English Mild


English Mild



"I have brewed two 10 gallon batches of this mild and it is excellent! If you are after a easy drinking English flavour I would look no further." - DeNomad



Looking for an English style ale with lots of flavour but without all the alcohol? Try this English Mild. It keeps the flavour but lowers the alcohol to 3.2% (nearly half of our Extra Special Bitter), making it a beer that can be enjoyed all day. Lightly hopped, refreshing, and flavourful.

Until the 1960s Mild was the most popular beer style in England but shortly after experienced a sharp decline and was in danger of completely disappearing. In recent years the explosion of microbreweries has led to a modest renaissance and an increasing number of Milds (sometimes labelled 'Dark') are now being brewed across the world.

To help with this revival, the Campaign for Real Ale has designated May as 'Mild Month'. In the United States, a group of beer bloggers organised the first yearly American Mild Month which started in May 2015 with forty-five participating breweries across the country, including some that have used our Electric Brewery setup. (Cool!)

English MildCrooked Run Brewing of Lessburg VA participates in American Mild Month

The recipe uses the Fuller's yeast which is available to homebrewers as Wyeast 1968 London ESB Ale yeast or White Labs WLP002 English Ale yeast. It produces malty beers that are slightly sweet/fruity. The yeast is also highly flocculant (likes to settle out) so the beer drops brilliantly clear without need of any clarifiers.

Brew up a batch and let us know how you like it!


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English Mild

Size: 12 US gallons (post-boil @ 68F)
Mash Efficiency: 95%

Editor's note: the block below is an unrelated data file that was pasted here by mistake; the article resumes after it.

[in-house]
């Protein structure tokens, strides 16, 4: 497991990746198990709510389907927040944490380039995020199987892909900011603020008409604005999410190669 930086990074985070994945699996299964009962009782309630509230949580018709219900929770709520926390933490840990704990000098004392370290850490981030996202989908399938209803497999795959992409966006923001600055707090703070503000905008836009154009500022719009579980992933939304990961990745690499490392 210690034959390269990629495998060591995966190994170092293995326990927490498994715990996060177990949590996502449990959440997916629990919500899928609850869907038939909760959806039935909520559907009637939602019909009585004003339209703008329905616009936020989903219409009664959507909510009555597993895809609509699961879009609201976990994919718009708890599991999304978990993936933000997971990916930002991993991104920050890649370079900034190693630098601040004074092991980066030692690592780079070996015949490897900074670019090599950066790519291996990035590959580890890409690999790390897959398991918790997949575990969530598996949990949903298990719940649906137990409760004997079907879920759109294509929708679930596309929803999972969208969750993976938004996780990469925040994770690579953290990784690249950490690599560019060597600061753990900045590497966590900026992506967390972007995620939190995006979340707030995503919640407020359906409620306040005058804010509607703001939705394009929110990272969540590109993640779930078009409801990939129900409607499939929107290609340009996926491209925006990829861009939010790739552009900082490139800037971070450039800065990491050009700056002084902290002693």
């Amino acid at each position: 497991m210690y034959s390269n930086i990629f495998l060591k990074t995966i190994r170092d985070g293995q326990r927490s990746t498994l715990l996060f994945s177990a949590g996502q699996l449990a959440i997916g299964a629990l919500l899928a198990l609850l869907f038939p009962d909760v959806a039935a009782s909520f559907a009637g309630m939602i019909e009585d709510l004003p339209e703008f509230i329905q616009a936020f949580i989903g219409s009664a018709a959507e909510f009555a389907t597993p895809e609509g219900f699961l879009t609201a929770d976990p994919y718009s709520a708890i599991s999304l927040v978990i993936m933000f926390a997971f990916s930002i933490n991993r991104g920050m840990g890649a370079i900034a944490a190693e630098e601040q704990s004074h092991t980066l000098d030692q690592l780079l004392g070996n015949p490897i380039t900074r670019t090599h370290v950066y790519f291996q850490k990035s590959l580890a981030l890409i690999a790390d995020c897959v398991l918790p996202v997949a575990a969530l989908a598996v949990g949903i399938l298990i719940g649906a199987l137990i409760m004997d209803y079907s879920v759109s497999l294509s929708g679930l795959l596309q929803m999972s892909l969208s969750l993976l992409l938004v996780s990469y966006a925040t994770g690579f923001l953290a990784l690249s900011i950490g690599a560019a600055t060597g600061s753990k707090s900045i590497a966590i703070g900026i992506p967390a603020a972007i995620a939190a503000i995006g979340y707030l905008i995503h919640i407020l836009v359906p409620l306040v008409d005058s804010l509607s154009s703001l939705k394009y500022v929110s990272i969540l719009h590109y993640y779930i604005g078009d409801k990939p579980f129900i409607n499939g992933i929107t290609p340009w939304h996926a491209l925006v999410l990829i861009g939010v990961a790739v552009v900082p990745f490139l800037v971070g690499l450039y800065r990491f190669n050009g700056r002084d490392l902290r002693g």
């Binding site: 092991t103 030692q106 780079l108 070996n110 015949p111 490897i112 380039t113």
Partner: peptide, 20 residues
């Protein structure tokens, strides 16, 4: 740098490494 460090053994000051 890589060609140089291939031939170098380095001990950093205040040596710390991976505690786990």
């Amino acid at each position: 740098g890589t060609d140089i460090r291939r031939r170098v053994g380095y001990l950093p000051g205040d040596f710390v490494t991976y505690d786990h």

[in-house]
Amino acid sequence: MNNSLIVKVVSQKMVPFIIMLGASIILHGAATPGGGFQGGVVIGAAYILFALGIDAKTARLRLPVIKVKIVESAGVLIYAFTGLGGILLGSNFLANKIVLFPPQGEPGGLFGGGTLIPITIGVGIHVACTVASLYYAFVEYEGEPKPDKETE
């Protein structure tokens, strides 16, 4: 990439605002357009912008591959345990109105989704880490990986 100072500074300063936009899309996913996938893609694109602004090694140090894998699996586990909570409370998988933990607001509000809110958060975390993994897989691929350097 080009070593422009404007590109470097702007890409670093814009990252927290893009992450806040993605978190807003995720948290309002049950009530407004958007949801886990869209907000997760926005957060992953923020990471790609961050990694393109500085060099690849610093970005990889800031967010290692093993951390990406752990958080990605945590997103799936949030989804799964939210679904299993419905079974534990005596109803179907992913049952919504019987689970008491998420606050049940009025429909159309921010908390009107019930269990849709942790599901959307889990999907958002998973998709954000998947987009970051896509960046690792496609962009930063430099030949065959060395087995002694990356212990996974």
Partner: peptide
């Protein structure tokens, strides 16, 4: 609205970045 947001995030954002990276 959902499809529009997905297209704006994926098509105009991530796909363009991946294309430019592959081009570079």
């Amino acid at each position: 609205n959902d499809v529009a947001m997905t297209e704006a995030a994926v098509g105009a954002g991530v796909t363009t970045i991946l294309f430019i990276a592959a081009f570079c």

Attenuation: 69.4%
Calories: 117 kcal per 12 fl oz
Original Gravity:
1.035 (style range: 1.030 - 1.038)
Final Gravity: 1.011 (style range: 1.008 - 1.013)
Colour: 17.1 SRM (style range: 12 - 25)
Alcohol: 3.2% ABV (style range: 3% - 3.8%)
Bitterness: 17 IBU (style range: 10 - 25)

10.75 lb British Maris Otter malt (2.5-4L) (85.3%) 
0.8 lb British crystal malt (60L) (6.3%)
0.55 lb British crystal malt (120L) (4.4%)
0.25 lb Chocolate malt (350-500L) (2%)
0.25 lb Black (patent) malt (470-600L) (2%)

2 oz UK East Kent Goldings hops (5.5%) - added during boil, boiled 60 min [17.2 IBU] 
1 Whirlfloc tablet (Irish moss) - added during boil, boiled 15 min

Wyeast 1968 London ESB Ale yeast or White Labs WLP002 English Ale yeast
(~299 billion cells [3 fresh packs] or an equivalent starter)

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Notes / Process

  • Add 500mg potassium metabisulfite to 20 gallons water to remove chlorine / chloramine (if required).
  • Water treated with brewing salts to our Hoppy lite flavour profile: Ca=110, Mg=18, Na=16, Cl=50, SO4=100 (Basically Randy Mosher's ideal Pale Ale numbers with slightly less sulfate and a Cl:S04 ratio of 1:2. We're not making a hoppy American beer here so we go a bit easy on accentuating bitterness.). For more information on how to adjust your water, refer to our step by step Water Adjustment guide.